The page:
Effect of Obesity on Long-term Clinical Outcomes After Kidney Donation (R-21)
Several studies have shown that renal function in patients who have donated a kidney (but are otherwise healthy) remains stable and within normal limits. However, it is unclear how donor nephrectomy affects patient subsets with comorbidities, an issue that becomes relevant in the current environment where inclusion criteria are continuously becoming less stringent and more patients are being considered as potential donors.
In the present study, the investigators plan to evaluate long-term renal function in obese patients who have donated a kidney as part of a living donor renal transplant procedure. The investigators have selected this group because it is at higher risk for developing obesity-related complications such as diabetes and hypertension that may impair renal function, it is rapidly becoming a major subgroup in the kidney donor population, and no studies have systematically followed obese patients after kidney donation. Establishment of an appropriate control group is of primary importance in studies examining long-term outcomes. The investigators will also evaluate a 2-kidney control group to allow us to compare the individual and interactive effects of obesity and kidney donation on long-term renal function. Study participants will complete a medical questionnaire, undergo blood pressure measurements, and provide blood and urine samples for analysis of various metabolic parameters. Some study participants will have ambulatory blood pressure monitoring performed which involves application of an automated blood pressure cuff for 24 hours. Some study participants will also undergo direct measurements of glomerular filtration rate (GFR) with iohexol.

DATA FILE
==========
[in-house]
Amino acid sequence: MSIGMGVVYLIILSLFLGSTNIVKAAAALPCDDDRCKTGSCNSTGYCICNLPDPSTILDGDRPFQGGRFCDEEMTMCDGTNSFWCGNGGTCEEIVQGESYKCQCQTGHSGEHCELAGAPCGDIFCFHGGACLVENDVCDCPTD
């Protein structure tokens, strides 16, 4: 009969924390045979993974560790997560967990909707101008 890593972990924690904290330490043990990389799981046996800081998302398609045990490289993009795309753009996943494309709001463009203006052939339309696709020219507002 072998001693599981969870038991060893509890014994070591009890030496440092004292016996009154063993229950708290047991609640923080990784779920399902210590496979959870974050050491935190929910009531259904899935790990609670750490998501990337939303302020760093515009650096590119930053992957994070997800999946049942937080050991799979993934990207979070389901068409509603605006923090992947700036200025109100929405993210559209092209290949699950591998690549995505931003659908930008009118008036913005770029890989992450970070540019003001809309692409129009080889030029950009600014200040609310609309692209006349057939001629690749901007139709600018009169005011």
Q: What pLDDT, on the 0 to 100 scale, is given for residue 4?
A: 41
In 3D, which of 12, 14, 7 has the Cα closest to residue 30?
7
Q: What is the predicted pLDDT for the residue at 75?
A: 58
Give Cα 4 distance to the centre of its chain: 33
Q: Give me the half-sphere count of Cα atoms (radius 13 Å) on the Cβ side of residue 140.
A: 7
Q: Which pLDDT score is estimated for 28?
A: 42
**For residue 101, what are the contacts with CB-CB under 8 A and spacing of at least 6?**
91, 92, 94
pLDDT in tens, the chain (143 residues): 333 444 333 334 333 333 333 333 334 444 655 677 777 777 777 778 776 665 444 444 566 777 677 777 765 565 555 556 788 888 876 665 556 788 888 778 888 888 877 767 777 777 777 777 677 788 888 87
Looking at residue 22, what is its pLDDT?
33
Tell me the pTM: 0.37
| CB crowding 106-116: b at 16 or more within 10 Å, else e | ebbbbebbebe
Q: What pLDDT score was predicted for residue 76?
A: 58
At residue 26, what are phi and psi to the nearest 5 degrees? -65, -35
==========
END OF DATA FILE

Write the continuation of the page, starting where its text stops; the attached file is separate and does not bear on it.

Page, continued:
In the proposed research, the investigators hypothesize that obesity in kidney donors increases the likelihood of developing renal dysfunction and risk factors for cardiovascular disease (CVD) and may increase the likelihood even more than in healthy controls.
|Study Design:||Observational Model: Cohort
Time Perspective: Cross-Sectional
|Study Start Date:||June 2010|
|Study Completion Date:||June 2012|
|Primary Completion Date:||June 2012 (Final data collection date for primary outcome measure)|
In order to meet the growing demand for living donor kidneys, the inclusion criteria for prospective donors have become less selective, allowing previously ineligible patients to donate kidneys. One donor group that has become increasingly more utilized is the overweight patient. There is substantial evidence that overweight individuals are more susceptible to the development of renal disease either as a direct result of their weight or as a consequence of their obesity-related co-morbidities such as diabetes and hypertension. In addition, it appears that even mild renal dysfunction can increase the risk of developing CVD, which is already more common in this population. Despite these findings, very little is known about the individual and interactive effects of obesity and donation on the overall health of kidney donors. Our study addresses some of these questions by examining the effects of obesity on long-term renal function and development of cardiovascular risk factors such as hypertension, dyslipidemia, and metabolic syndrome in patients who donated a kidney at the University of California, San Francisco (UCSF) more than 5 years ago (1967-2006). The control group will comprise of all potential kidney donors at UCSF during this period who passed an initial medical screening evaluation but did not donate because they were found to be ABO- or crossmatch incompatible. The investigators believe that the results of the proposed study will be important in developing more precise guidelines for the selection and long-term health care maintenance of kidney donors.maintenance at all.
|United States, California|
|University of California San Francisco|
|San Francisco, California, United States, 94143|